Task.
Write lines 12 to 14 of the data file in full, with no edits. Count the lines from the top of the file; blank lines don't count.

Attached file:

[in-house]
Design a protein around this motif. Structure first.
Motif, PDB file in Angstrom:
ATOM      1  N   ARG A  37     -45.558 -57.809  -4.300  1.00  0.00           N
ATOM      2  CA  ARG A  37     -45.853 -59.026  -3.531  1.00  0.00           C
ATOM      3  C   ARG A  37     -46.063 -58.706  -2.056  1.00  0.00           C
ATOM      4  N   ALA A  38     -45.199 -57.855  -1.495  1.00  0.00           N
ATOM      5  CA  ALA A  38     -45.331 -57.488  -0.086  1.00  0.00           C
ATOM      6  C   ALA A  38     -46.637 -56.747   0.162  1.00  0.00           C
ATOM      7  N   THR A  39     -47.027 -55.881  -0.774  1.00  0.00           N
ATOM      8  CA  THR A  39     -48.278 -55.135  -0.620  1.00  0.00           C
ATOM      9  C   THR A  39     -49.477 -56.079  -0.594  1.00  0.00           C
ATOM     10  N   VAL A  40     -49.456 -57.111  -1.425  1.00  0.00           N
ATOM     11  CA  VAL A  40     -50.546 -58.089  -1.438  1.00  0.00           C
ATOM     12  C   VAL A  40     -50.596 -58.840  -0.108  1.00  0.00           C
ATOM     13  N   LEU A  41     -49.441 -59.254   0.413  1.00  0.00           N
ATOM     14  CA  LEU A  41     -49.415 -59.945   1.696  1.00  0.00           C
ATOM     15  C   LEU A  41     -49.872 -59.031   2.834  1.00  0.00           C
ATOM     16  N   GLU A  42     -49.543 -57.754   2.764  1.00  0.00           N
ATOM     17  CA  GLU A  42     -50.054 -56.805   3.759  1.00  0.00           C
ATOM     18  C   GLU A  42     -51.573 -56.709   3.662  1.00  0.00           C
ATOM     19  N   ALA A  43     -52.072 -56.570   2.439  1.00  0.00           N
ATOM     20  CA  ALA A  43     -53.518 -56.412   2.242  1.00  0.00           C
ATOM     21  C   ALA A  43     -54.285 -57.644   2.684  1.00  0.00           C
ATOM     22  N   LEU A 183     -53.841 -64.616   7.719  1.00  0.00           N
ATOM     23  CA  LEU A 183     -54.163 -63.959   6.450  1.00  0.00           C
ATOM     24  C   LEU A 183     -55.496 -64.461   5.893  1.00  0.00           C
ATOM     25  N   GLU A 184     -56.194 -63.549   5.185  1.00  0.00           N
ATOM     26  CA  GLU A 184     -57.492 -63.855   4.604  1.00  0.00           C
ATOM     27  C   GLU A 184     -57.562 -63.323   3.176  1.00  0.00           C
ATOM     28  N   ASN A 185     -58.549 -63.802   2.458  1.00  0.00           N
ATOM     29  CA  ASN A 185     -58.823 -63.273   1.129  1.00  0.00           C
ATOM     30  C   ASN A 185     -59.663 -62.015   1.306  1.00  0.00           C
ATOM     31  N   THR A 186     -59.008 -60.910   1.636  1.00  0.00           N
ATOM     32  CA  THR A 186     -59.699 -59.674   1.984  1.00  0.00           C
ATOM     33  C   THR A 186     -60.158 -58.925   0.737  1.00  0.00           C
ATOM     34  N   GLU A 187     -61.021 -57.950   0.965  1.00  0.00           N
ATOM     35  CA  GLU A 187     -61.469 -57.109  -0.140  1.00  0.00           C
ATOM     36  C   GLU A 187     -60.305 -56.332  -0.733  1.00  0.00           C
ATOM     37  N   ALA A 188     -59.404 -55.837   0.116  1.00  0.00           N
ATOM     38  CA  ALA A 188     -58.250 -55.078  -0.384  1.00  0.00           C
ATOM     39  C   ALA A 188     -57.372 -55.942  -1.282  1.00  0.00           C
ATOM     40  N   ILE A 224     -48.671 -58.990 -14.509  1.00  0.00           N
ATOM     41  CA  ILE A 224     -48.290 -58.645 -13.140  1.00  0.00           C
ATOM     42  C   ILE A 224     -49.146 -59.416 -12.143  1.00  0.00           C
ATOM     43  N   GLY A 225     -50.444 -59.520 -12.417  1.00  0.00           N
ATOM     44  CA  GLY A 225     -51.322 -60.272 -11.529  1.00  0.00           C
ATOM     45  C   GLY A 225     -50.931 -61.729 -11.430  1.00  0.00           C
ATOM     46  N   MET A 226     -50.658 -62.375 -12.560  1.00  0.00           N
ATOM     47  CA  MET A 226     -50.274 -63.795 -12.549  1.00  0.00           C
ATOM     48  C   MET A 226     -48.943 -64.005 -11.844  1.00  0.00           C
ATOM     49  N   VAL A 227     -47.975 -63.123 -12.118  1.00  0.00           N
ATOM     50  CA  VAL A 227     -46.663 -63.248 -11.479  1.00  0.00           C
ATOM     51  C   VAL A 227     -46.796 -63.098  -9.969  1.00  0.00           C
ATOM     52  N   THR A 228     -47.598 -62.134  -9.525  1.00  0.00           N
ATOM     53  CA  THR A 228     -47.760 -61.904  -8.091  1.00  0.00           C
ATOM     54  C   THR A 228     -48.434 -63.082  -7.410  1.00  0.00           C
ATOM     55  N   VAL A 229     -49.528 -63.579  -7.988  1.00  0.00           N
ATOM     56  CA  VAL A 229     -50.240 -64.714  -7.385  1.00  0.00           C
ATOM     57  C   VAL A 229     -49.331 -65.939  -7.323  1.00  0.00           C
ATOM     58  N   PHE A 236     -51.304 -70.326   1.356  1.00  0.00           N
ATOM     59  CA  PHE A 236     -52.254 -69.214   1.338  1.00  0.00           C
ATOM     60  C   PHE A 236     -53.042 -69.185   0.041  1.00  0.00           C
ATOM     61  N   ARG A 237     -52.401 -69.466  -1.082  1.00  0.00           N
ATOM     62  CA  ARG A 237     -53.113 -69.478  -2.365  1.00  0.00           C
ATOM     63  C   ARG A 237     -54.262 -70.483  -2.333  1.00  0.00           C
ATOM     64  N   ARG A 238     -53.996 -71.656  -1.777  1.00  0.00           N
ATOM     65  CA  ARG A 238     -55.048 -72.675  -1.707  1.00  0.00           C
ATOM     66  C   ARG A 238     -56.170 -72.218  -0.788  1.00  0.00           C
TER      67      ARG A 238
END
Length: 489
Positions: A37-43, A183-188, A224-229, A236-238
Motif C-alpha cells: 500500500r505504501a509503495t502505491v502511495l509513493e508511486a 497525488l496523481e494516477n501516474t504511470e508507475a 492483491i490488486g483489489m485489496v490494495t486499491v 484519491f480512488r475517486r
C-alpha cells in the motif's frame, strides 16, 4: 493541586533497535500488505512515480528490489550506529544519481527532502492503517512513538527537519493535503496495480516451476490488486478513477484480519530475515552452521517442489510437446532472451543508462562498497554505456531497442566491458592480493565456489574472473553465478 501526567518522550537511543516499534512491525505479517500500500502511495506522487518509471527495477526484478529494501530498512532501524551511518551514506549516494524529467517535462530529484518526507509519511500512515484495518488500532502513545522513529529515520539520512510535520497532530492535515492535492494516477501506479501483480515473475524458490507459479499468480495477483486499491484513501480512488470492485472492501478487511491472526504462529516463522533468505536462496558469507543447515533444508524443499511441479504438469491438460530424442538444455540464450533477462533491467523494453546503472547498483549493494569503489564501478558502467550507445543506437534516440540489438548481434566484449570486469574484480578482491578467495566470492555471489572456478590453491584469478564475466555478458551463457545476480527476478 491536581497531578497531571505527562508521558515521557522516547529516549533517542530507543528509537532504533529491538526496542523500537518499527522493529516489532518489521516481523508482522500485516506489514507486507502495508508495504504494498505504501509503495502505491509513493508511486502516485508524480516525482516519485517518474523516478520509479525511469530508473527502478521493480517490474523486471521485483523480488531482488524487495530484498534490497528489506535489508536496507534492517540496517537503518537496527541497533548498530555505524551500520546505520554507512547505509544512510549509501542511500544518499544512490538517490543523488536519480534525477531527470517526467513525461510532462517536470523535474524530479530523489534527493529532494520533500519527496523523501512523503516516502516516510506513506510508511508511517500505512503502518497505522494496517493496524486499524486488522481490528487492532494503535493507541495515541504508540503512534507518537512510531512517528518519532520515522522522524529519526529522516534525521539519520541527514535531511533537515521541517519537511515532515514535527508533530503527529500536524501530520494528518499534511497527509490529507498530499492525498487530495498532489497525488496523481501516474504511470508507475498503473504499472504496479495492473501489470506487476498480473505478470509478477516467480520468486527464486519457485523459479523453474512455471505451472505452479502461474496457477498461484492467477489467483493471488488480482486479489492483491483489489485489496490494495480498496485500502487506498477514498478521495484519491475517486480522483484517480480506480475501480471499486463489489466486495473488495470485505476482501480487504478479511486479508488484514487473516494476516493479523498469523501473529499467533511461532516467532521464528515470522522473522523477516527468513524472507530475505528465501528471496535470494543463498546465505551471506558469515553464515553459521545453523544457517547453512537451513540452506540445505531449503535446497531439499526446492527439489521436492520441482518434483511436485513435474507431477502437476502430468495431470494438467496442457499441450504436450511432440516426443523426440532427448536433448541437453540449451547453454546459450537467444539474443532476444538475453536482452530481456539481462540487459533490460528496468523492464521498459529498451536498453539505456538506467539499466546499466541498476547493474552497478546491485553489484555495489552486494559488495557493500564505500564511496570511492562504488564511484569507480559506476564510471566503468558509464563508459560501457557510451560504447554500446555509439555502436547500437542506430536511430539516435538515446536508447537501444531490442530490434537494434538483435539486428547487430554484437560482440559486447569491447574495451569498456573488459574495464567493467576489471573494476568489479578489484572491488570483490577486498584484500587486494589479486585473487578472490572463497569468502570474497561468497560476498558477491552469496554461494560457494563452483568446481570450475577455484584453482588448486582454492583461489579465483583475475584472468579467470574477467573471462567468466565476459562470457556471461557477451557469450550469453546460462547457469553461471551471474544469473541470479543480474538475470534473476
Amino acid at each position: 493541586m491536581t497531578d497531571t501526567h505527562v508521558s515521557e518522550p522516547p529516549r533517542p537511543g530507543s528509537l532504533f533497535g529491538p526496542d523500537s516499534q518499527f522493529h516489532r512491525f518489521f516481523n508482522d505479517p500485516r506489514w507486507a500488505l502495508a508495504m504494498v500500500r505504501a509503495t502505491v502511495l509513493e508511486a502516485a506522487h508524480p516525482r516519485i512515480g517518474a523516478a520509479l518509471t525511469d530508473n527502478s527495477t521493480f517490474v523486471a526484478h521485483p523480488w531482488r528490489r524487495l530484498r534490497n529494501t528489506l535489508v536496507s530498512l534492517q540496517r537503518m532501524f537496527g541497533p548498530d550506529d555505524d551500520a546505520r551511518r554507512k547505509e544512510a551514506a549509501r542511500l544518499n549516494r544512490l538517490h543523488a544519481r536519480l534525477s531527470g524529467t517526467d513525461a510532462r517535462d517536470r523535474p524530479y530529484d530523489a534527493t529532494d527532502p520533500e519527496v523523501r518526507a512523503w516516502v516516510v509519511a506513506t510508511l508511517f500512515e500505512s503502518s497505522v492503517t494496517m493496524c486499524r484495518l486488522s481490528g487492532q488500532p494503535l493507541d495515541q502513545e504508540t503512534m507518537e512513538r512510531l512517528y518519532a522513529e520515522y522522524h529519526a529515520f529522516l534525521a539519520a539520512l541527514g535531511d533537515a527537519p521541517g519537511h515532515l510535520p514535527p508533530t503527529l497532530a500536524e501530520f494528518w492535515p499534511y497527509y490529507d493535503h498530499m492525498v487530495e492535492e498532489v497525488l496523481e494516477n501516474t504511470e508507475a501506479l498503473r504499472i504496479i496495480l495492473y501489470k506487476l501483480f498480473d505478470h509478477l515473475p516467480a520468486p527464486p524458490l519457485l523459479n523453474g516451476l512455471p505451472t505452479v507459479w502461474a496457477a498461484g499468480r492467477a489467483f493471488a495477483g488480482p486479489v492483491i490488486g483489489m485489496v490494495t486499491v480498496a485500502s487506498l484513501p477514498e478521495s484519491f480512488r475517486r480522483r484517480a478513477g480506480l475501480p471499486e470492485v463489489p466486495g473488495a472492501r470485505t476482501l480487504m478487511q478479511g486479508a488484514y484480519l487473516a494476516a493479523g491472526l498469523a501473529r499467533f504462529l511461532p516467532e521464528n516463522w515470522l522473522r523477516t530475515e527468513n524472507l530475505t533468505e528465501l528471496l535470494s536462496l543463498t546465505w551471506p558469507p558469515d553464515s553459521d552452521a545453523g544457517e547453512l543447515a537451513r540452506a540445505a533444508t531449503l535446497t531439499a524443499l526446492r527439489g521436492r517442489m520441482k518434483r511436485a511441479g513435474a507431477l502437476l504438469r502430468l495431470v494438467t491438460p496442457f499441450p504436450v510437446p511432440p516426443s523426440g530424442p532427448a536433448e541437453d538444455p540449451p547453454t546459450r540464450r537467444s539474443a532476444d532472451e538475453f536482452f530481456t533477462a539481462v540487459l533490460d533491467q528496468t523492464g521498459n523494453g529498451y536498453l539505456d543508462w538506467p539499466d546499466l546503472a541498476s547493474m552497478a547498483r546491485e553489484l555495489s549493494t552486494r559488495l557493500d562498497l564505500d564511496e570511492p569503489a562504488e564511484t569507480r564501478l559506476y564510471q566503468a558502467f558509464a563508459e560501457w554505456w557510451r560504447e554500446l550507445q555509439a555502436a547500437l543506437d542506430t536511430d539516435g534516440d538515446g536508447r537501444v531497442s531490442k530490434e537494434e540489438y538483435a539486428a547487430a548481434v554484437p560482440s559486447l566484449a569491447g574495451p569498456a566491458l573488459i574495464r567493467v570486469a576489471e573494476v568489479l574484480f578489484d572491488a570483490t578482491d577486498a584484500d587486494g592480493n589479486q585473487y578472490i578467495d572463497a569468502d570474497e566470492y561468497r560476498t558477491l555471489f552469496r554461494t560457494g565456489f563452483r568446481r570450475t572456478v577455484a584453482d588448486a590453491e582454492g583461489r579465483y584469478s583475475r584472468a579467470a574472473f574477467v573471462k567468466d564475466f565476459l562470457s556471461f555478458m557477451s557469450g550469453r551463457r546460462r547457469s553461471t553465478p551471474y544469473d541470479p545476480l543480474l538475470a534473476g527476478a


ATOM      9  C   THR A  39     -49.477 -56.079  -0.594  1.00  0.00           C
ATOM     10  N   VAL A  40     -49.456 -57.111  -1.425  1.00  0.00           N
ATOM     11  CA  VAL A  40     -50.546 -58.089  -1.438  1.00  0.00           C